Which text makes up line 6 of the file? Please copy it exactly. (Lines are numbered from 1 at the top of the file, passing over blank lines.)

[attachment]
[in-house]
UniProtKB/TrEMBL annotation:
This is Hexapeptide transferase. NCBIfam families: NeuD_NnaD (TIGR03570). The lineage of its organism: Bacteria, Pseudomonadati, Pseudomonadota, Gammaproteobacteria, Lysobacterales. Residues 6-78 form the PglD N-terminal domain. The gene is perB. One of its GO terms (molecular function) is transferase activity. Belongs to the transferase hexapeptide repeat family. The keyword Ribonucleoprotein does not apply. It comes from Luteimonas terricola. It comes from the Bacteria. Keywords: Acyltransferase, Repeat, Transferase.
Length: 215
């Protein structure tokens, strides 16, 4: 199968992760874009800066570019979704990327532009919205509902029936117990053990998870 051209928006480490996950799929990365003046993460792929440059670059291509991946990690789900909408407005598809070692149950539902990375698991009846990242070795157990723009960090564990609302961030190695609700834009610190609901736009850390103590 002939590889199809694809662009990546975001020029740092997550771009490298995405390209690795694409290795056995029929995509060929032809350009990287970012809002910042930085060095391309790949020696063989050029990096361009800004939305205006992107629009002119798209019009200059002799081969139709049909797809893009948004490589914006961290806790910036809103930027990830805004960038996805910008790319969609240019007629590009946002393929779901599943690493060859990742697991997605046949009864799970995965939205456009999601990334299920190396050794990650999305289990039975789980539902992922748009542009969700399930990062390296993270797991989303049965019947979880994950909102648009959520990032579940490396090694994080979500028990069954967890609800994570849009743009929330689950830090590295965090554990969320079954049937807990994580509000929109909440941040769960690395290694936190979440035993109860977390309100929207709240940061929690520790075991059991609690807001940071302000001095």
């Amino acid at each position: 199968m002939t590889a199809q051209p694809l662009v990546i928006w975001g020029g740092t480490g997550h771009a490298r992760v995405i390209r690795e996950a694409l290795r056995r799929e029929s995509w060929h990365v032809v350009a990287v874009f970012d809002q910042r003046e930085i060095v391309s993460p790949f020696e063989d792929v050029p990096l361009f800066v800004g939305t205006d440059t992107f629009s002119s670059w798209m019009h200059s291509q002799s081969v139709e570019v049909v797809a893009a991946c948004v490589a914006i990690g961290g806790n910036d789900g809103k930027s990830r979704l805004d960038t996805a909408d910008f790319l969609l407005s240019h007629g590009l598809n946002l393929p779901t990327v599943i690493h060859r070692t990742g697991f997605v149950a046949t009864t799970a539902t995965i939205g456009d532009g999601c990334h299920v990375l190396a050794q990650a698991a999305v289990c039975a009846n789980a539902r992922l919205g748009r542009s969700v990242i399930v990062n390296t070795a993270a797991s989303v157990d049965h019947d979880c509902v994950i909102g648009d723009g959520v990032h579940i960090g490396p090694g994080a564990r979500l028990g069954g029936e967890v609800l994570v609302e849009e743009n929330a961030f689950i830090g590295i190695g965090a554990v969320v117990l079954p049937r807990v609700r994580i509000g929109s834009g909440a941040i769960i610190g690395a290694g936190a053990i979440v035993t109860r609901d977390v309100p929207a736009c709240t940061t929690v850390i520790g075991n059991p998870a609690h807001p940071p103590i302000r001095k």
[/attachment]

């Amino acid at each position: 199968m002939t590889a199809q051209p694809l662009v990546i928006w975001g020029g740092t480490g997550h771009a490298r992760v995405i390209r690795e996950a694409l290795r056995r799929e029929s995509w060929h990365v032809v350009a990287v874009f970012d809002q910042r003046e930085i060095v391309s993460p790949f020696e063989d792929v050029p990096l361009f800066v800004g939305t205006d440059t992107f629009s002119s670059w798209m019009h200059s291509q002799s081969v139709e570019v049909v797809a893009a991946c948004v490589a914006i990690g961290g806790n910036d789900g809103k930027s990830r979704l805004d960038t996805a909408d910008f790319l969609l407005s240019h007629g590009l598809n946002l393929p779901t990327v599943i690493h060859r070692t990742g697991f997605v149950a046949t009864t799970a539902t995965i939205g456009d532009g999601c990334h299920v990375l190396a050794q990650a698991a999305v289990c039975a009846n789980a539902r992922l919205g748009r542009s969700v990242i399930v990062n390296t070795a993270a797991s989303v157990d049965h019947d979880c509902v994950i909102g648009d723009g959520v990032h579940i960090g490396p090694g994080a564990r979500l028990g069954g029936e967890v609800l994570v609302e849009e743009n929330a961030f689950i830090g590295i190695g965090a554990v969320v117990l079954p049937r807990v609700r994580i509000g929109s834009g909440a941040i769960i610190g690395a290694g936190a053990i979440v035993t109860r609901d977390v309100p929207a736009c709240t940061t929690v850390i520790g075991n059991p998870a609690h807001p940071p103590i302000r001095k």